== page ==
Soil Bacteria Thrive on Antibiotics: A Potential Reservoir of Antibiotic-Resistance

Soil bacteria have thumbed their ‘nose’ at antibiotics this week. A surprising study in the journal Science shows that soil bacteria can thrive on antibiotics alone. The bacteria apparently have no problem using our most trusted weapons against them as food. What is worse, these close relatives to human pathogens might serve as a reservoir of resistance to the bacteria that plague humanity.

We are in an expensive arms race with bacteria. Developing new antibiotics that rapidly become useless, only to develop more. But the race with bacteria costs more than just money, it is a life and death situation, and one we are rapidly loosing. Antibiotics, from soap to feedlots are showing up in our water and soil, causing unknown environmental and human health issues in the process. It’s time to stop thinking of our relationship with bacteria as a war, and look for a different approach.The primary problem is that we keep trying to kill bacteria. Killing bacteria creates an evolutionary force that drives the bacteria to become resistant. Why are we fighting evolution? Instead of killing bacteria outright in every situation, why not figure out how to be a bit more subtle when possible?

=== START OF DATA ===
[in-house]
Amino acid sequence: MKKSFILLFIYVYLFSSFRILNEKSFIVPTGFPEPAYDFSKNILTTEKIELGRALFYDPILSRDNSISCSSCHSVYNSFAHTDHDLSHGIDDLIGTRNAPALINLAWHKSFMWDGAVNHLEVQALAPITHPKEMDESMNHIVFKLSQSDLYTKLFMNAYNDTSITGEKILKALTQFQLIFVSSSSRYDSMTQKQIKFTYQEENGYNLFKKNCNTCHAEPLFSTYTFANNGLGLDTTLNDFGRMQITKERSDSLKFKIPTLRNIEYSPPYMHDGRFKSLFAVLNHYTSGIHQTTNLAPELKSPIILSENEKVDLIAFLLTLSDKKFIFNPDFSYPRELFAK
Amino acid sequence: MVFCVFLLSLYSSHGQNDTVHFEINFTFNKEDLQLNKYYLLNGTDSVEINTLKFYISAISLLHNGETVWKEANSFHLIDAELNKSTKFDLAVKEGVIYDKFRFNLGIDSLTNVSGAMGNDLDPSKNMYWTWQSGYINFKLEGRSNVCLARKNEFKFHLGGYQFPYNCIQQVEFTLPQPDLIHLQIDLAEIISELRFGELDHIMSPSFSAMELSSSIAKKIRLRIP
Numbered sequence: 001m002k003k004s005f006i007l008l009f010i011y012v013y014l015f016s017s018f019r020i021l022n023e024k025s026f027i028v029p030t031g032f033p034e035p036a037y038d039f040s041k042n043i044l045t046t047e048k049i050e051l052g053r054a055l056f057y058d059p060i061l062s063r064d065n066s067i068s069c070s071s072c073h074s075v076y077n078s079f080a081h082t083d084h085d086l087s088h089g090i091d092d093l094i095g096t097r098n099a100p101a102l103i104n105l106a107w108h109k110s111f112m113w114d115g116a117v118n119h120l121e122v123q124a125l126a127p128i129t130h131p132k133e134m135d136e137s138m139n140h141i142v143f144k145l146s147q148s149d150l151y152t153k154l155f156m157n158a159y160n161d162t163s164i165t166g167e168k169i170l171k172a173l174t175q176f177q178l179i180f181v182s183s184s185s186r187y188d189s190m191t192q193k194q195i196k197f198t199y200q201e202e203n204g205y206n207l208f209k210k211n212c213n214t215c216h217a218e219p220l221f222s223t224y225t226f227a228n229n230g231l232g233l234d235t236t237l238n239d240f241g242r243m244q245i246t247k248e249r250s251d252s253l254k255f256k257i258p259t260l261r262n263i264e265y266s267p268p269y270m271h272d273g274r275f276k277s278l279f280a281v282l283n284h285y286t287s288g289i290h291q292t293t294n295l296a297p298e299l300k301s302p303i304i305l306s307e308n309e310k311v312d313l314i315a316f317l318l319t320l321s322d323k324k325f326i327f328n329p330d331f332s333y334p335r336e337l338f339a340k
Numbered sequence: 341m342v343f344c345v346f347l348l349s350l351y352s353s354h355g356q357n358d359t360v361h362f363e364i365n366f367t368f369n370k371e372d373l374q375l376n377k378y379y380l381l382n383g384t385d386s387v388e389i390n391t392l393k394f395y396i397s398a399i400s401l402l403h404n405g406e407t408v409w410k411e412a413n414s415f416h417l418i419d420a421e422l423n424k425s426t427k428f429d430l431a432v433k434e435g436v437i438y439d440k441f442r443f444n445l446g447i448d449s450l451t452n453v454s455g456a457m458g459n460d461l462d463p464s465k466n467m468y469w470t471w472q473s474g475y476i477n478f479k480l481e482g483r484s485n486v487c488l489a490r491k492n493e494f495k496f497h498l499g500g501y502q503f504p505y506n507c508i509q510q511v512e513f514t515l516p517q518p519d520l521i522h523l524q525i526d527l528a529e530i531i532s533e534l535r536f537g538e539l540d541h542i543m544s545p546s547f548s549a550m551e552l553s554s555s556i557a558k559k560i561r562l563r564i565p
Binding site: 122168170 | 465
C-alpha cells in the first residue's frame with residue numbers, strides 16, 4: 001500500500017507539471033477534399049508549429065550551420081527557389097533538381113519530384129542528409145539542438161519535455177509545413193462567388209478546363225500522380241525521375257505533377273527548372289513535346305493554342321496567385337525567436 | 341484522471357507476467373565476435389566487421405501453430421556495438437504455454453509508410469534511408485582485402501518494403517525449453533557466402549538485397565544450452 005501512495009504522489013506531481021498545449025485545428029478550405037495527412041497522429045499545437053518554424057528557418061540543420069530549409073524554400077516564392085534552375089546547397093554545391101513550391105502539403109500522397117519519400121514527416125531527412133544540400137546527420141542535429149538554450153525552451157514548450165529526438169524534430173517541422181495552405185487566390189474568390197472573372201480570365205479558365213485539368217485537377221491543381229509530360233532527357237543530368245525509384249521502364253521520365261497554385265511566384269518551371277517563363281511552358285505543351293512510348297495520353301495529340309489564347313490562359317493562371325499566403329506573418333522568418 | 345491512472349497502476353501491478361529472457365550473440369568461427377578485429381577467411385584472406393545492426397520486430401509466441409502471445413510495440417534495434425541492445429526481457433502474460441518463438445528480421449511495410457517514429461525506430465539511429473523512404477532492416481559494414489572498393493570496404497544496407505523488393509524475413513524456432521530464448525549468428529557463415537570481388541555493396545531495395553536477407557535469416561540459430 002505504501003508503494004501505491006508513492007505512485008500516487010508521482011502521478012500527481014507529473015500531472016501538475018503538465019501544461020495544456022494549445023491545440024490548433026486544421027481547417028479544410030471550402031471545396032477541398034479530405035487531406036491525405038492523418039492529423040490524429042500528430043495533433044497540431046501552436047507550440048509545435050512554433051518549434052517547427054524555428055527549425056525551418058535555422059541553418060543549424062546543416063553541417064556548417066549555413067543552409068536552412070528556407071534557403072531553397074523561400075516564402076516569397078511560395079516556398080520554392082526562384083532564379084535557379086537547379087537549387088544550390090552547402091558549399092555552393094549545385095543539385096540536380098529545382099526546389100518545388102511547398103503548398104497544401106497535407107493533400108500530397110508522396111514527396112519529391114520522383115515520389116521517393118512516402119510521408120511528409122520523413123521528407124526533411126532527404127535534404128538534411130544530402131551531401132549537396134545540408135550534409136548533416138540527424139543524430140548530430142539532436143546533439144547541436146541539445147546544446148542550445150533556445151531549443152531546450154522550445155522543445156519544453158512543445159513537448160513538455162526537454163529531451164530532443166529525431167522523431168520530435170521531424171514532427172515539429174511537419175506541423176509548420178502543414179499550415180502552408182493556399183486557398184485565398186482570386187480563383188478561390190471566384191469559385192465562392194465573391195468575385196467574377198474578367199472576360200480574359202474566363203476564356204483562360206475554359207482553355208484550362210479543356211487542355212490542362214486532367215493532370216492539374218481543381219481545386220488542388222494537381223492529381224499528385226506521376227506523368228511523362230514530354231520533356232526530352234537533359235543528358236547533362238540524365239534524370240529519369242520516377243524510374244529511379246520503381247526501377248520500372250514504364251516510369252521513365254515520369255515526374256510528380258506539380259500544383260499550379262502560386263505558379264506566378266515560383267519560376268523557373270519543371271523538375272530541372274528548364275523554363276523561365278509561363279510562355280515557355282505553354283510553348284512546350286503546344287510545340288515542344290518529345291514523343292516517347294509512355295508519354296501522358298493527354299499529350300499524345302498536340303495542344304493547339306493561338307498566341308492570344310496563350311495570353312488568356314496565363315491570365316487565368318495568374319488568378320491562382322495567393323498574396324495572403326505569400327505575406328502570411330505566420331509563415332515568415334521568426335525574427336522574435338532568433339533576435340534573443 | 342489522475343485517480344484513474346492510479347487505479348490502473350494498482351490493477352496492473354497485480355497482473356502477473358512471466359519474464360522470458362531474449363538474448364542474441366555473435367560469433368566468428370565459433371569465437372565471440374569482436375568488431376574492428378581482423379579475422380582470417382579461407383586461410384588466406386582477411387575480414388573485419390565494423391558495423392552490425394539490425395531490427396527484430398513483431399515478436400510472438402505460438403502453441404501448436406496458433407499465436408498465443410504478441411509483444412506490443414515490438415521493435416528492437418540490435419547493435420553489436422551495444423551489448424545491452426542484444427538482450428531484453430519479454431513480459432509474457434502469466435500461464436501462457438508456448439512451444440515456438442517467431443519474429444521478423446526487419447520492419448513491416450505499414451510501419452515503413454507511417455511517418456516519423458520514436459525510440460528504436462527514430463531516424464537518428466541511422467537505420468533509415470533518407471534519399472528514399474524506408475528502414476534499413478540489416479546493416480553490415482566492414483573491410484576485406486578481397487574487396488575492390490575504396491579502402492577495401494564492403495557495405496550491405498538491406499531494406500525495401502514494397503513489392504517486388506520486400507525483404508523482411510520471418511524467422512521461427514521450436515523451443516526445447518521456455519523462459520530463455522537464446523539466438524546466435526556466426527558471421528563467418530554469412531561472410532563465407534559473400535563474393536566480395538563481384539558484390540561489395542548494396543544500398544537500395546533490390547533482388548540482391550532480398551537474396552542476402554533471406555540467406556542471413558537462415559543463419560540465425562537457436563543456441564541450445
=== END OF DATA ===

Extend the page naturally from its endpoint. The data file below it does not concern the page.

BioSignal is a company that confuses bacteria, instead of killing them. Wine grape extracts have been shown to interfere with the communication between bacteria, preventing them from forming dangerous biofilms. Encouraging ‘good’ bacteria known as probiotics can displace and keep the dangerous bacteria at bay. We have the tools we need to be more tactful and sustainable at handling dangerous bacteria.

Now that we know soil bacteria consider our antibiotics as food:
"Don't Feed The Bacteria"

Creative image credit of 'bacteria' photo goes to denn.

:: Science

Tags: Agriculture | Antibiotics | Bacteria

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